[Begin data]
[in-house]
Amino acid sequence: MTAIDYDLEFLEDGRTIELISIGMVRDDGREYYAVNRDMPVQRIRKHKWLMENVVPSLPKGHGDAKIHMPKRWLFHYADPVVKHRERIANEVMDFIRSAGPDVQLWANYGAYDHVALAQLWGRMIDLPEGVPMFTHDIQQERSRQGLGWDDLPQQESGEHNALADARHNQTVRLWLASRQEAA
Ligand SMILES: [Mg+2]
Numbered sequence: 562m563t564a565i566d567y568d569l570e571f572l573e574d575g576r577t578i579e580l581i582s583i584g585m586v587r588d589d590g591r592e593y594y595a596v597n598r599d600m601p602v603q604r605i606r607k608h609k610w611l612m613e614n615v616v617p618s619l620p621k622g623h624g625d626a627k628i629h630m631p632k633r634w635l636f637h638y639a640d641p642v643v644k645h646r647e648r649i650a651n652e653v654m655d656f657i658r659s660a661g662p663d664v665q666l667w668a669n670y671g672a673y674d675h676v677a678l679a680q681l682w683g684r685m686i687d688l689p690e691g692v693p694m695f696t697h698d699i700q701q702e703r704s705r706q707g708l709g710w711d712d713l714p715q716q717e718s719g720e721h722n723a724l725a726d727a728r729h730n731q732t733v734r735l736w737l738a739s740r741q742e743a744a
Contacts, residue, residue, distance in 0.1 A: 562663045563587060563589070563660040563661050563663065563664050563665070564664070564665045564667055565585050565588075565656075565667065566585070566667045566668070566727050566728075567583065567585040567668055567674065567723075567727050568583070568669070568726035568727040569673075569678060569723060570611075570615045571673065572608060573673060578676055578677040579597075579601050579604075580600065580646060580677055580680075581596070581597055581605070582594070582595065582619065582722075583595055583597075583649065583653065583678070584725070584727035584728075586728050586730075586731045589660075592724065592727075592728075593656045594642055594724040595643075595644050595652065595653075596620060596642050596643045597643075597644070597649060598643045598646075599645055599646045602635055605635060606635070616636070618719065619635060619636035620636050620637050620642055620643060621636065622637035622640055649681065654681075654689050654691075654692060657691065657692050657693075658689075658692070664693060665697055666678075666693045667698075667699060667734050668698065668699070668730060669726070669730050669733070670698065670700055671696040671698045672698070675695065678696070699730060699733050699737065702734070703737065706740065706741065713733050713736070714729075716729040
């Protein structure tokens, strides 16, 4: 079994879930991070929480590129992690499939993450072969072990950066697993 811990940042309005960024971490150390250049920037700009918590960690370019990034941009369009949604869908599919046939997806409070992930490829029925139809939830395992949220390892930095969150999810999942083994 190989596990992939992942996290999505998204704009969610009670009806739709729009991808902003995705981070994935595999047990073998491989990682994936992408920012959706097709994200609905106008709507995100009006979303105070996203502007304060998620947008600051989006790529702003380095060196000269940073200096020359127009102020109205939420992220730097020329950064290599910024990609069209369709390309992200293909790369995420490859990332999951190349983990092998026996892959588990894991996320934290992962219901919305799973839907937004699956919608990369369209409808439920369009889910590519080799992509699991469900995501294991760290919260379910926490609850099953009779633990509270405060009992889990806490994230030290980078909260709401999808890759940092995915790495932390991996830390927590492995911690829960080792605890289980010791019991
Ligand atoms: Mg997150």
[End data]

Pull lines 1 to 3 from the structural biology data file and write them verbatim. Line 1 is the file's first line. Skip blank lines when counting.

[in-house]
Amino acid sequence: MTAIDYDLEFLEDGRTIELISIGMVRDDGREYYAVNRDMPVQRIRKHKWLMENVVPSLPKGHGDAKIHMPKRWLFHYADPVVKHRERIANEVMDFIRSAGPDVQLWANYGAYDHVALAQLWGRMIDLPEGVPMFTHDIQQERSRQGLGWDDLPQQESGEHNALADARHNQTVRLWLASRQEAA
Ligand SMILES: [Mg+2]